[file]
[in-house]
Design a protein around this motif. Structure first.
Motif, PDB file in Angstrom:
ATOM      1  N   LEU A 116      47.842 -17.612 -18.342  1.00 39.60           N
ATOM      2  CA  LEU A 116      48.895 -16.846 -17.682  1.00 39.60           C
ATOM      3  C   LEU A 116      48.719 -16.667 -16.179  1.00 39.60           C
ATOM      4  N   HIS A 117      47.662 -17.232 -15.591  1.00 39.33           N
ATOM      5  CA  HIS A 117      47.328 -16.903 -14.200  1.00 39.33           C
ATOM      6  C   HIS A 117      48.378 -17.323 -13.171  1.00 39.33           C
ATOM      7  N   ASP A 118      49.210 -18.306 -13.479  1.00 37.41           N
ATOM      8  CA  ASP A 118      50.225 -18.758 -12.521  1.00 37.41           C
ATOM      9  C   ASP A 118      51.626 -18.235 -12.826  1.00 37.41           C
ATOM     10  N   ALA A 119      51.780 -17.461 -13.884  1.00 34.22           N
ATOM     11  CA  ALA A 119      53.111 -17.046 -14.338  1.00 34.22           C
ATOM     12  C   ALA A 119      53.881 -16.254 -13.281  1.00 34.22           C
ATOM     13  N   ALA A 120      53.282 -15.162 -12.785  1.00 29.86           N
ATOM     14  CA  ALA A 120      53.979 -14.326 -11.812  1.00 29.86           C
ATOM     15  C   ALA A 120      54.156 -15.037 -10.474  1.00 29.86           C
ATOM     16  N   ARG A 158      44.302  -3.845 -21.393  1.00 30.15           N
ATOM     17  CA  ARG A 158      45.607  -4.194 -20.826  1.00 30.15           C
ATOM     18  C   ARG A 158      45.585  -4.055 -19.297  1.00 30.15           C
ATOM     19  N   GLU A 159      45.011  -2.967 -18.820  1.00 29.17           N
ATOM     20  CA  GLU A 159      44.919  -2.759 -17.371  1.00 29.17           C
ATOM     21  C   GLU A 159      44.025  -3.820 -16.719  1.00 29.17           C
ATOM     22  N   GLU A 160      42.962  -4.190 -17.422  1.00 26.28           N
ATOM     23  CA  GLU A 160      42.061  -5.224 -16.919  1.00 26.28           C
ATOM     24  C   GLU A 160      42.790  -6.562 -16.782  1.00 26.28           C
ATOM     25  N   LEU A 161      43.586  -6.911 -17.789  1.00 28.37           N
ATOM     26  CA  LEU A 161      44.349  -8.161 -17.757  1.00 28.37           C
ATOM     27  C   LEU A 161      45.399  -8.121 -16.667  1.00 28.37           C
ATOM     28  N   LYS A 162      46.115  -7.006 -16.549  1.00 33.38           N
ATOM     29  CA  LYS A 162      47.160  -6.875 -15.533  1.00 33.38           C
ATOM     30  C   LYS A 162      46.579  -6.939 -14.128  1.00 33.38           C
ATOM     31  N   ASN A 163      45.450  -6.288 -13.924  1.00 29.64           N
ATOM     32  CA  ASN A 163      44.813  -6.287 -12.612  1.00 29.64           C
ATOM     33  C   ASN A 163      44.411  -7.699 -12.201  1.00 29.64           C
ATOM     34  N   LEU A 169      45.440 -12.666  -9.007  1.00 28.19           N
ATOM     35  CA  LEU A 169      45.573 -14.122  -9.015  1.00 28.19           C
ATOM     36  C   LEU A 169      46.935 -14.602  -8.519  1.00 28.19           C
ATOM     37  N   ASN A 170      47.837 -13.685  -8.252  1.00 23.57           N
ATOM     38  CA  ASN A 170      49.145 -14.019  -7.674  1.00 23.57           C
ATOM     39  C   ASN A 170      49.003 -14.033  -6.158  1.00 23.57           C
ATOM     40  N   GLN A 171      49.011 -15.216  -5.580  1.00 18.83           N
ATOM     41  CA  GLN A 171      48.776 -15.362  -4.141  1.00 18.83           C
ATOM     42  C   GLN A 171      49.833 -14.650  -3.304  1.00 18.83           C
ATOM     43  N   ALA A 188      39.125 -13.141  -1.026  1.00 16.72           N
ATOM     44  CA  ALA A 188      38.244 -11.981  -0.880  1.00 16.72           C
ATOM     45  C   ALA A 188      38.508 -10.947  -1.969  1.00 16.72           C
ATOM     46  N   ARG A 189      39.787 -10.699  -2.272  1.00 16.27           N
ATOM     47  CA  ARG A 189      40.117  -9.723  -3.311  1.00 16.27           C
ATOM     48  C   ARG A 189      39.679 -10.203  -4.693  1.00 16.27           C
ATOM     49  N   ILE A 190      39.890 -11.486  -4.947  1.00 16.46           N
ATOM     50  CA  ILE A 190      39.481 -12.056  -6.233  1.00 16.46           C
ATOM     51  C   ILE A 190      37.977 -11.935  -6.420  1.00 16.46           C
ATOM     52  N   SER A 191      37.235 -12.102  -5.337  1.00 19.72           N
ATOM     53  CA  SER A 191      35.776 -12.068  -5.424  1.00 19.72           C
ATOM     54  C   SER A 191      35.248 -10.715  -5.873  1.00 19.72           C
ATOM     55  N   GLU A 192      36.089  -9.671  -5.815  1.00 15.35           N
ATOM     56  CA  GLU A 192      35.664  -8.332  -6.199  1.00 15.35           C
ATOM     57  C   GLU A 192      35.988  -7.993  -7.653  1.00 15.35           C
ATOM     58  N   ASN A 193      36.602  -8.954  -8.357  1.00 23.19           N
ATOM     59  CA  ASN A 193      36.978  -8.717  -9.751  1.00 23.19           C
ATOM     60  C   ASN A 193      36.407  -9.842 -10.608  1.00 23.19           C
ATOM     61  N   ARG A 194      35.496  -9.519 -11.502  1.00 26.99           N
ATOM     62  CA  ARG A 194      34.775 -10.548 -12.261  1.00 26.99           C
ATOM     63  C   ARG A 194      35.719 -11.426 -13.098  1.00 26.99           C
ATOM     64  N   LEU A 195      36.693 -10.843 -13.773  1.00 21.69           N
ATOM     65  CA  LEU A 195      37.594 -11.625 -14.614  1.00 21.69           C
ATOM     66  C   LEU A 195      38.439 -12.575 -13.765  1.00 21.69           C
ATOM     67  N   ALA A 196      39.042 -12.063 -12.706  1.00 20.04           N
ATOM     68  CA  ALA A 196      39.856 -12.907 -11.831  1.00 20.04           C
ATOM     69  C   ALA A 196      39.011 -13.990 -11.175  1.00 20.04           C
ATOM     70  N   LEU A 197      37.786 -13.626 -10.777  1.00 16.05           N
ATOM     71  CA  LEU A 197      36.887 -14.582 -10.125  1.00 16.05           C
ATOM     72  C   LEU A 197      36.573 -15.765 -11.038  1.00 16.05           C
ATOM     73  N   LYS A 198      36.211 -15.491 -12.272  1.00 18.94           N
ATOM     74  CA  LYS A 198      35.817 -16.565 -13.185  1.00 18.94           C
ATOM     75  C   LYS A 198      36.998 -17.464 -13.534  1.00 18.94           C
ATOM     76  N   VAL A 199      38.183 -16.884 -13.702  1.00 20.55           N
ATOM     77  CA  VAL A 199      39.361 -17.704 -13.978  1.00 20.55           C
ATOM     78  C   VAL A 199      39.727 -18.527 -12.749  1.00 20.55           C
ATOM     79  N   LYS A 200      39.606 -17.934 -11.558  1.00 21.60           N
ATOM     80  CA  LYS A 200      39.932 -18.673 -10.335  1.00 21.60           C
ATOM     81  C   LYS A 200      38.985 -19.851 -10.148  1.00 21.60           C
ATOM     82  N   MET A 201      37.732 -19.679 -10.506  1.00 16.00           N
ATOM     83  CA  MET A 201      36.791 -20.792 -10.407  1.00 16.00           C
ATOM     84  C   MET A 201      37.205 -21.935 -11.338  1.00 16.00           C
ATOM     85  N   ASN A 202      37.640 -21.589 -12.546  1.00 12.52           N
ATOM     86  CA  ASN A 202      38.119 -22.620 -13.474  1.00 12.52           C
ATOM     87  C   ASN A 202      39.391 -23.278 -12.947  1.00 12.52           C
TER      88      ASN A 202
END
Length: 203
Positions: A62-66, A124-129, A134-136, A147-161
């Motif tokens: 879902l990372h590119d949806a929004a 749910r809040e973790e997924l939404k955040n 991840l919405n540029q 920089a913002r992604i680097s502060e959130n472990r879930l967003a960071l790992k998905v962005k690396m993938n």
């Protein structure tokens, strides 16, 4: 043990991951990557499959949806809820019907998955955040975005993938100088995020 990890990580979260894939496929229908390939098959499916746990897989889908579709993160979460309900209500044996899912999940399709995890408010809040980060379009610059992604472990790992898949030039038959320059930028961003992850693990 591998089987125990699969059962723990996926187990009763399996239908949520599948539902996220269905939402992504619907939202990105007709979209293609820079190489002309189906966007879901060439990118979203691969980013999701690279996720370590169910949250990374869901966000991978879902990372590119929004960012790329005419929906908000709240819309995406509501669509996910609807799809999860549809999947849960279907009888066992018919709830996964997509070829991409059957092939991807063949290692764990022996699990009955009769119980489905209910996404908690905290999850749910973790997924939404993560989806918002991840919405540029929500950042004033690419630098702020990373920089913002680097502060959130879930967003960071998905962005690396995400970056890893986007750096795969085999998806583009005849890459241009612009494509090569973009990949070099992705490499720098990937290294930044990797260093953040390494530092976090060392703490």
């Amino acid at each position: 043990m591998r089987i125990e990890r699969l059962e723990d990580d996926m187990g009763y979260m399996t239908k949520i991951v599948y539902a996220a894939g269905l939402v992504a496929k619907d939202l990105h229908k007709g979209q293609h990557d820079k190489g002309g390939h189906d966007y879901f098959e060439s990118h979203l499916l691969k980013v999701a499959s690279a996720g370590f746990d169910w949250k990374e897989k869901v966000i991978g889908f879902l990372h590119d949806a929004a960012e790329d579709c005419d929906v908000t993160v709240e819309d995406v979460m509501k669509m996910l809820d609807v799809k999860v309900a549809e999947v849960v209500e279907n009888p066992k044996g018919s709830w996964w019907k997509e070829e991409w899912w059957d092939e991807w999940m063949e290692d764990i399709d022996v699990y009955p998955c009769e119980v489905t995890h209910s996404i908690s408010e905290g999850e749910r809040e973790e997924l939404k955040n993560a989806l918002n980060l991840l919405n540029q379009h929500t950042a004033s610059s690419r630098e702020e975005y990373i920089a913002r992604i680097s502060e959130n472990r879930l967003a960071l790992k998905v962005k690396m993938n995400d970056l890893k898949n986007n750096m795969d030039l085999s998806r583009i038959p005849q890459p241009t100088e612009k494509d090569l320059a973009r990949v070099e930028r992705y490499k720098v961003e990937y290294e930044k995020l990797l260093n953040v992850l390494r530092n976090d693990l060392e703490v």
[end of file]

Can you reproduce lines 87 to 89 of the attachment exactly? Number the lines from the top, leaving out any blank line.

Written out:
ATOM     84  C   MET A 201      37.205 -21.935 -11.338  1.00 16.00           C
ATOM     85  N   ASN A 202      37.640 -21.589 -12.546  1.00 12.52           N
ATOM     86  CA  ASN A 202      38.119 -22.620 -13.474  1.00 12.52           C